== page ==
The Triumph Speed Twin lapped the short loop of the BIC in just 1:16.4, making it the third-fastest motorcycle in this test. If you still aren’t impressed, here are some fun facts. The Performance Bike of 2019, the Indian FTR 1200, which clocked the best lap time produces 120bhp, and the second-fastest in our test, the BMW R 1250 GS, pushes out 134 horses. In comparison to those two, the Speed Twin makes 96bhp and 112Nm from its 1,200cc parallel-twin motor.
It is, without a doubt, a fast motorcycle, but that’s not surprising – it is, after all, powered by the same motor as the Thruxton R, which, by the way, topped our Best of 2016 ratings. Triumph has put in a lot of effort to make the engine more refined, and this is reflected in the way it rides. There are no vibrations, even when you push the motorcycle beyond the 140km/h mark. The Speed Twin isn’t just a fast motorcycle, it’s equally fun on twisty roads too – much more than you’d expect from a retro-modern offering. A lot of that has to do with the tremendous work Triumph has put in to reduce its weight. Tipping the scales at 196kgs (dry), the Speed Twin is 10kgs lighter than the Thruxton.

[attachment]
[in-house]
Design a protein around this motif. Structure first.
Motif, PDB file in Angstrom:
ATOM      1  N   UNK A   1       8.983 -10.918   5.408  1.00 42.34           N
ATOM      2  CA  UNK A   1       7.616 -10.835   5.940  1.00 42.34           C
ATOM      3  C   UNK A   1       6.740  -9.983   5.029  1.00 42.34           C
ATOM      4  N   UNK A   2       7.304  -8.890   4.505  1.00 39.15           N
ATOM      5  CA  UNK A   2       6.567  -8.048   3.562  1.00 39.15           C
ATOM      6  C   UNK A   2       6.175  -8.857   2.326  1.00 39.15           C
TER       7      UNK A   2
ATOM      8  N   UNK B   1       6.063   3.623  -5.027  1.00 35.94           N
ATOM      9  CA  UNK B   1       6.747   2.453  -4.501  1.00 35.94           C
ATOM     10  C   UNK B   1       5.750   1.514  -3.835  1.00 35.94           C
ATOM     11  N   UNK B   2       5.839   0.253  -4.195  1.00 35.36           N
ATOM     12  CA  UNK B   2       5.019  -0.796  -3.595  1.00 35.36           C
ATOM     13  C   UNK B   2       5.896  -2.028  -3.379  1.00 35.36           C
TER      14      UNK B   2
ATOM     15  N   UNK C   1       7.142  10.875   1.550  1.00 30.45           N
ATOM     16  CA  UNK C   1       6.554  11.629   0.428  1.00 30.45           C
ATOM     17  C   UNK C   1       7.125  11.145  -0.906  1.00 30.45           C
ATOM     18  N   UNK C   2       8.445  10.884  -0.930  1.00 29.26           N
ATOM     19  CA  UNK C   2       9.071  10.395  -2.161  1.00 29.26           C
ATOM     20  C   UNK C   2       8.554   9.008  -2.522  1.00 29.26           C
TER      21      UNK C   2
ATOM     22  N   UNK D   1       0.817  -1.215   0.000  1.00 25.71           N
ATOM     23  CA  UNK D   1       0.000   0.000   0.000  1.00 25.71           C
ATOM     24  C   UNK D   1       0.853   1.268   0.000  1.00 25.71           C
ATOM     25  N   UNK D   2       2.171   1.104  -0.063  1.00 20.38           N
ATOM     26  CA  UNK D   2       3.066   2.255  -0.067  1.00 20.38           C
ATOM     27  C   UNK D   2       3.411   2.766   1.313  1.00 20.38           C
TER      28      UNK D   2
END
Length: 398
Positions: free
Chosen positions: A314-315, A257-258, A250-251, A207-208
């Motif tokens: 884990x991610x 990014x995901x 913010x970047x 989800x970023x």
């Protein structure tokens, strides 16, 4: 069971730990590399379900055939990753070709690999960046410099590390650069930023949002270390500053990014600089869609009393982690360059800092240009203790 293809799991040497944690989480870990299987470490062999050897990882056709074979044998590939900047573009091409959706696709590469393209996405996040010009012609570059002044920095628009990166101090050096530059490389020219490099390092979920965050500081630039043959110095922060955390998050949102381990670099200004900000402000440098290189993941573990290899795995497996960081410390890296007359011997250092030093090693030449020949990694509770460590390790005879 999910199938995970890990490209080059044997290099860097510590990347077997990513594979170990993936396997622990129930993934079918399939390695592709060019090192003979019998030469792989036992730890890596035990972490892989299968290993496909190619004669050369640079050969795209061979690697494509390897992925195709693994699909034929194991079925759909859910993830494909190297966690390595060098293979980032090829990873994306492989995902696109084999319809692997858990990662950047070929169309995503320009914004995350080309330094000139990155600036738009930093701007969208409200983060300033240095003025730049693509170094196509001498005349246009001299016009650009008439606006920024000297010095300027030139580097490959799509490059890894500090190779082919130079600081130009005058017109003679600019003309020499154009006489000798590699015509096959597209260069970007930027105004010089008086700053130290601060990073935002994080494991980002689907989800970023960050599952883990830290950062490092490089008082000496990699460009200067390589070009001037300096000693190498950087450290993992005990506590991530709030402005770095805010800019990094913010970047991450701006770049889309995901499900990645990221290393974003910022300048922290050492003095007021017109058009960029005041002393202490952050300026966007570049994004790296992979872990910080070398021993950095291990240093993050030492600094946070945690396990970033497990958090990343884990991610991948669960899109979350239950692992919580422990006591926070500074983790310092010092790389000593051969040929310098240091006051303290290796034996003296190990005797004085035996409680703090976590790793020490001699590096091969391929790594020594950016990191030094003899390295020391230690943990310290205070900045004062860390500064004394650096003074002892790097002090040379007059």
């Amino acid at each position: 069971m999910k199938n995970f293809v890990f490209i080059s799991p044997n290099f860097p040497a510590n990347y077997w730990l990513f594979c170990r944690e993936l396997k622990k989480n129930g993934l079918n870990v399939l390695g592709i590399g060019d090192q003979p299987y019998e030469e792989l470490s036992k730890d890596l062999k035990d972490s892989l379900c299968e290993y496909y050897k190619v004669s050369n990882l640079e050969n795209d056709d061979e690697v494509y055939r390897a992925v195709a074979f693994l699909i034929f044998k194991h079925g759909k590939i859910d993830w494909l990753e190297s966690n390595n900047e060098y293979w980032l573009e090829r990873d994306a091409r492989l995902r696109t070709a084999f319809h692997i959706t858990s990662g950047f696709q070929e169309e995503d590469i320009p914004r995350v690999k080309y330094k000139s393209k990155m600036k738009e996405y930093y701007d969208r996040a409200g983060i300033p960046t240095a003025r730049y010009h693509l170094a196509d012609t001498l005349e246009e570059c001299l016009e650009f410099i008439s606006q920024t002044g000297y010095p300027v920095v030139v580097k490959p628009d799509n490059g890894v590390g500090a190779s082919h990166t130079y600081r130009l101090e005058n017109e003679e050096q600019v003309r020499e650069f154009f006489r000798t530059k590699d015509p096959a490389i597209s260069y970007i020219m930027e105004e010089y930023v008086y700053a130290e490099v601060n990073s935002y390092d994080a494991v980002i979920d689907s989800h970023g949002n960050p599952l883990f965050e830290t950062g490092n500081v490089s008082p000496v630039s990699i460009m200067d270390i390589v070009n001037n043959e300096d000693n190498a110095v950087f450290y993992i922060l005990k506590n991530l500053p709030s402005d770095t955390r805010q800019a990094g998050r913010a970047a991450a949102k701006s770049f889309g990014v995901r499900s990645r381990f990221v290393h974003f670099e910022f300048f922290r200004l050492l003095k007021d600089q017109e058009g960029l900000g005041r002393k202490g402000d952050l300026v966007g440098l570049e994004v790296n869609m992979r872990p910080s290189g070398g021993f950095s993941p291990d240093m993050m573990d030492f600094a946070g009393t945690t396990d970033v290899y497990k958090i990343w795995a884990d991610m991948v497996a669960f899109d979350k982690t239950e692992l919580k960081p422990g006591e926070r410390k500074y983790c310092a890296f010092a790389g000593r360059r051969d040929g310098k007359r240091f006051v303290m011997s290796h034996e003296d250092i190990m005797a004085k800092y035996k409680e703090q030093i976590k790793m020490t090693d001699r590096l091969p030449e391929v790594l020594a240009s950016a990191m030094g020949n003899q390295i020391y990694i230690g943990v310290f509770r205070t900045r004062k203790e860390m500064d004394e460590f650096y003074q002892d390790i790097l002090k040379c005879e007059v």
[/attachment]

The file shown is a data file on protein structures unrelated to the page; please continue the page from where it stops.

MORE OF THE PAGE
The suspension kit – 41mm cartridge forks at the front and adjustable twin shocks at the rear – have been set up very well to offer a good balance of ride and handling. The motorcycle inspires a lot of confidence when pushed around corners, and is well supported by the Pirelli Diablo Rosso II tyres. I’m not a huge fan of the way the Speed Twin looks. Sure, Triumph has managed to get the retro-model appeal spot on, however, it takes the family design a bit too seriously. Moreover, while the riding posture is comfortable, we found the seat to be a bit too narrow for long-distance riding.
The Speed Twin is incredible – it’s built well, comfortable to ride, has a gem of an engine, and handles like a dream. It’s Thruxton R levels of fun in a more friendly package, and that, to me, is a big win!